The Brazilian government has recently declared a public health emergency for the Yanomami reservation, Brazil’s largest area of indigenous land. The reservation is located between the Amazon and Roraima Rivers, where the population is also at risk due to malaria and violence perpetuated by illegal mining operations, a practice that pollutes the water and destroys the jungle. President Luiz Inácio da Silva implicated the Bolsonaro administration by describing the genocide of the Yanomami as a premeditated crime. The Brazilian Ministry of Indigenous Peoples estimates that around 560 Yanomami children have died due to mercury poisoning, malnourishment, and hunger in recent years, with 99 children from ages 1 to 4 who died in 2022 alone.
The Lula administration found the population severely malnourished, which were conditions that were created under Bolsonaro’s administration, who publicly criticized the usage of mineral-rich land as a reservation for the Yanomami. During Bolsonaro’s four years in office, at least 2,500 illegal miners came to the Amazon, with levels of deforestation rising, and environmental and indigenous agencies incapacitated to address the threat of illegal mining to the Amazons and the Yanomami. The threat of illegal mining and deforestation heavily impacted the Yanomami’s lifestyle leading to the government opening an investigation into the potential genocide of the Yanomami.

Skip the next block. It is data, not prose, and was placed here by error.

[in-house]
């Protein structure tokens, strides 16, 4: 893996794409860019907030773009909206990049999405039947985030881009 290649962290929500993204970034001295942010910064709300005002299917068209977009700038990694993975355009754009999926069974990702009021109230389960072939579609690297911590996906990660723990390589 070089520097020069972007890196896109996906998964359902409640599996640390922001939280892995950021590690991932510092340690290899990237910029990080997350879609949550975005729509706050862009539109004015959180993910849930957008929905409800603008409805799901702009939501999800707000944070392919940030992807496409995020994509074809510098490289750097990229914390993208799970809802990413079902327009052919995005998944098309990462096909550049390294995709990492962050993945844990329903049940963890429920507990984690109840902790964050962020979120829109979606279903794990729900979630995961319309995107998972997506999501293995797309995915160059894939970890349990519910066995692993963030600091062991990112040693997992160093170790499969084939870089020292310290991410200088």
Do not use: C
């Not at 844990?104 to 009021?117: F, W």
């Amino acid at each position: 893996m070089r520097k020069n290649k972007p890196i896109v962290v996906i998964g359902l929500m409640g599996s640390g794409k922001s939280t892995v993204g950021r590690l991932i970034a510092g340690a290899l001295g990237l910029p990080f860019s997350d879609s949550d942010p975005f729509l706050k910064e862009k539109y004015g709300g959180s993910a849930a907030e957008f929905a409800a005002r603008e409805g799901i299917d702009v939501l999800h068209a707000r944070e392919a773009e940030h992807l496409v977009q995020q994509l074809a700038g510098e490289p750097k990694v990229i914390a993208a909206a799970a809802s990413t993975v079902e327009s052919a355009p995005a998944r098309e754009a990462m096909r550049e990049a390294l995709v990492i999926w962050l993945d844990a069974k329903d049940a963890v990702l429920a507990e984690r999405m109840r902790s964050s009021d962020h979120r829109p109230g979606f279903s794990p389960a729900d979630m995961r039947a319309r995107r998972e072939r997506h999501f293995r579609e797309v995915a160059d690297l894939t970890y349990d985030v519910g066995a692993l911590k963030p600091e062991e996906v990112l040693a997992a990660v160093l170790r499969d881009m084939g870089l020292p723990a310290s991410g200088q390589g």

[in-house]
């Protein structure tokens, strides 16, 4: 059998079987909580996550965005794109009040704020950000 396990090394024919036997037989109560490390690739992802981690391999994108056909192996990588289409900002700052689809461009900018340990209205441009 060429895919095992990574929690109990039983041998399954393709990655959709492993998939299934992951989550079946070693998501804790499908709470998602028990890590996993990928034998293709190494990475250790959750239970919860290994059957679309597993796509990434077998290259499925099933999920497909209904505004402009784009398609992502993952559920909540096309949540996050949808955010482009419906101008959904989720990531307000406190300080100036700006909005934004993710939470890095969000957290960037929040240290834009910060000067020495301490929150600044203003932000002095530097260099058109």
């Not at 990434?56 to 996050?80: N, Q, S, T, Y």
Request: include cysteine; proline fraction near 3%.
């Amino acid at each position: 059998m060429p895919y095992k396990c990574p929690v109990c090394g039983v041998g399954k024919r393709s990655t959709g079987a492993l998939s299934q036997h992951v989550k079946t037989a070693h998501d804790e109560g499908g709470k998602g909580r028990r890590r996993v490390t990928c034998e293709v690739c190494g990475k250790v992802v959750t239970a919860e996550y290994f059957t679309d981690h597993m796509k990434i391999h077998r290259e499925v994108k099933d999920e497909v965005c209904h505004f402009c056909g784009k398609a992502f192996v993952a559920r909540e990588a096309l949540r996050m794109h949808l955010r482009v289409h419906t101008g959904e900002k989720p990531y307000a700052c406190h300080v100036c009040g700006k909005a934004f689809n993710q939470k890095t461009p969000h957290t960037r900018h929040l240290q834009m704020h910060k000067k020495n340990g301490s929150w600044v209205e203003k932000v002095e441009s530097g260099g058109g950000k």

However, this is not the first instance in which the Yanomami were left unprotected from illegal mining in Brazil’s recent history. In the country’s history, the military dictatorship (from 1964-1985) has previously encouraged Brazilians to populate the land where the Yanomami reservation is located. The dictatorship claimed that Brazilians had a right to the land after fighting over it with other foreign powers interested in the region. This encouragement led to the illegal mining that is still found today. However, by the early 1990s, an operation called Selva Livre (Jungle Liberation) removed the miners from the region and the then Brazilian President Fernando Collor de Mello created the reservation in which the Yanomami lives today.
Currently, the United Nations is working with Brazil to give the country the aid that it needs to be able to address this emergency. However, the treatment of the Yanomami highlights a greater issue that is found in other settler-colonial countries, such as the U.S. and Canada, where its indigenous people do not have the same access to healthcare and tend to have lower living conditions on reservations that were created by their governments. The treatment of the Yanomami highlights the ongoing conflict between indigenous peoples and their treatment under a settler-colonial government where their rights may not be always protected depending on the administration that is in power.